Other old men
Interim Report on Retirement No. 3 (or is it 4?)
Other old men, not having seen me for a few years, seem obligated to ask, "So how do you keep busy?"
The clichéd answer to this clichéd question is: "I'm so busy I don't know how I had time to work." That's gilding the bagel a bit. At least one old man I know, and you do too, complains periodically about being bored, especially when winter hangs on and the temperature aggravates Raynaud's syndrome.
But to the answer of this old man to the perennial question of another old man...
For one thing I maintain a fleet of family cars. This afternoon, for instance, in preparation for a grandson's trip, I checked the oil in the Honda CRV, reset the idiot light telling me to check the engine maintenance, and finally learned how to elevate the driver's seat for use by a vertically challenged spouse, for whom the car was purchased originally with the thought that, like its bigger brother, our Pilot, she could sit up high and not have to drive looking through the steering wheel. Maybe.
Said Pilot recently came of age and required a heavy application of green stuff to enable it go the second 100,000 miles. And the twins' carriage (Valley Streamers will remember their first one, in which Mom strolled them all around the town), a Ford Fusion with 50,000 miles and several scratches on it, is due for new front brakes.
In mid-life as an ecclesiastical functionary I was asked if not that, the pastoral thing, then what? My reply went in two directions. One was Wall Street. The other was service station. The Howard gene has a mechanical aptitude. Grandpa was a machinist with nine fingers. Uncle Jimmy had patents for differentials. Cousins Jay and Paul were graduated from engineering schools. Bobby's mid-life reassessment might have been the Howard gene asking for a hearing. And now getting it at eighty-three.
What do I do in retirement? Tend the pet dog. Tappy needs a lot of tending. Barbara and I share the demands she makes. On most mornings, after a night when I have twice lifted her on to our California king, she waddles into the bedroom while I'm dressing and eyes me balefully. As if she needs my attention and wishes she didn't. I know her moves and moods almost as well as she knows mine. I grab a couple of New York Times plastic wrappers, stuff them into my down jacket, and invite the bichon frise to accompany me to the snow berm which in warmer season would be a curbside lawn. The dog diddles and piddles and finally does something else, after which she leads me back into the house where, too often I must admit, a treat awaits her.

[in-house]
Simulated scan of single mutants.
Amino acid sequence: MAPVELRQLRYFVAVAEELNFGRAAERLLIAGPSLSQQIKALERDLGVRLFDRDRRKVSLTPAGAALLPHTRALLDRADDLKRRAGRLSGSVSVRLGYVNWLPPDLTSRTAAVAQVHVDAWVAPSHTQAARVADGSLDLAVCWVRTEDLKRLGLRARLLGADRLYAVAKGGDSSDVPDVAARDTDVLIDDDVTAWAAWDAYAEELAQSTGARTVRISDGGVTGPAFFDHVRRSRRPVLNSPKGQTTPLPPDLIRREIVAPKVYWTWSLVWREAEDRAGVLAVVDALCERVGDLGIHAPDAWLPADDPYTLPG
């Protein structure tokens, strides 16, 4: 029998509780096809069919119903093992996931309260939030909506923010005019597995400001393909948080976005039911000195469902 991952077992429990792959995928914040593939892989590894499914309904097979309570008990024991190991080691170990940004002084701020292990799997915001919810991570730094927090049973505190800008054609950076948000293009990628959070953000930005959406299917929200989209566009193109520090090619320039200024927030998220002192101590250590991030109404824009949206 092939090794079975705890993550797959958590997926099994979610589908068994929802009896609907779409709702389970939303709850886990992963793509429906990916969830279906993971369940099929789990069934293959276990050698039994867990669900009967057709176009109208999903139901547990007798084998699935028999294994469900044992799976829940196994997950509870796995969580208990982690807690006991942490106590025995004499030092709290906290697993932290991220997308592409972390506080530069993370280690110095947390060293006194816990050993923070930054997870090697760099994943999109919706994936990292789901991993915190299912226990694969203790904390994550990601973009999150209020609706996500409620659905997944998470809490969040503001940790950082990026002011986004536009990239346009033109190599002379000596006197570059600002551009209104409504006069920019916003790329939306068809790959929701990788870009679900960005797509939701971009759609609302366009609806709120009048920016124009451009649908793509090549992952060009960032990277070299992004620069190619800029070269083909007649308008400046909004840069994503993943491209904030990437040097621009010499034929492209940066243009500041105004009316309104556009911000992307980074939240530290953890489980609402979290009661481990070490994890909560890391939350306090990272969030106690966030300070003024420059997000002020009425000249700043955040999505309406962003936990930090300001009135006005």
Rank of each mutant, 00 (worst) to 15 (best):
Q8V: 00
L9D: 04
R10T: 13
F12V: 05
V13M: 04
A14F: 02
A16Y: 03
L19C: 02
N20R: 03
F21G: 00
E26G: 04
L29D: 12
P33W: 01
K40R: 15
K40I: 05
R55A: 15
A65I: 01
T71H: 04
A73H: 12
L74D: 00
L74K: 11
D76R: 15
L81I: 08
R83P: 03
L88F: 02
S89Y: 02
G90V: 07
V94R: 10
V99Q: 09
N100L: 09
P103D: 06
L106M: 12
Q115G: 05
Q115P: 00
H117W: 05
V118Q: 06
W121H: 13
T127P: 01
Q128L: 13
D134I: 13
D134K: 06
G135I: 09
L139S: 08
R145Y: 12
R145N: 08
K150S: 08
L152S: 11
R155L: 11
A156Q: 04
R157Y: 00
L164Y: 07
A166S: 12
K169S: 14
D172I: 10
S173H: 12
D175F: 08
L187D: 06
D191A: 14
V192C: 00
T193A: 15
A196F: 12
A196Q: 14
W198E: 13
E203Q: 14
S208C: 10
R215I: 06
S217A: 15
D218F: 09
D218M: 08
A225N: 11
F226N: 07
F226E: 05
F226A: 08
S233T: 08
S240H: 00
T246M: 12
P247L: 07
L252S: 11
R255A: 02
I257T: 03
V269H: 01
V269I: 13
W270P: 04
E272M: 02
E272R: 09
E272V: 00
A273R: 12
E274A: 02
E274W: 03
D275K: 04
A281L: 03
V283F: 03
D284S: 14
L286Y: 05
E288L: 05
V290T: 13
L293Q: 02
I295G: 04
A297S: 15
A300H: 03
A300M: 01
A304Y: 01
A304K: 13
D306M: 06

Then she wiles away the day snoozing at my feet, beneath the desk or alongside the recliner, and, as the need arises and I offer my own baleful gaze, she accompanies me to a small room on the first floor where she keeps watch while my feet are covered (check the KJV for an explanation of this euphemism). Maybe she thinks she's doing to others as she would have others do for her, in compliance with the doghouse Golden Rule.
Other than cars and dog there's computer. Four or more hours at it daily. Everything important. Weather, as in the eternal quest for a run of days above 50 degrees Fahrenheit. Finances: reconciling bank accounts daily; tracking retirement funds; checking balances on credit cards; preparing the IRS returns; tracking the stock market. Correspondence, electronic and snail mail. And, of course, this present endeavor, maintaining the website, which involves not only composing words but finding pictures and repairing worn-out programs becoming in the process something of a guru in a program now abandoned by Microsoft. The Howard gene helps.
Most of the other endeavors which fill my days are familiar to you. Concerts, fifty-five this season. Crossword puzzles (I am especially fond of the Acrostic every other week in the New York Times). Baking pies, like yesterday's deliciously tart black plum. Arranging for others to maintain the inside and out of our colonial. And, of course, church, or, more accurately, churches, since we substantially support two, neither of which has been subjected by name to my critical inquiry; but which, if you know how to read between the lines and had been there praying with me, inform my occasional sorties into the ways Christians practice their faith.
Yep, reviewing what I've just written, I could endorse the verdict previously rejected, that there's so much to do I don't know how I ever found time to work.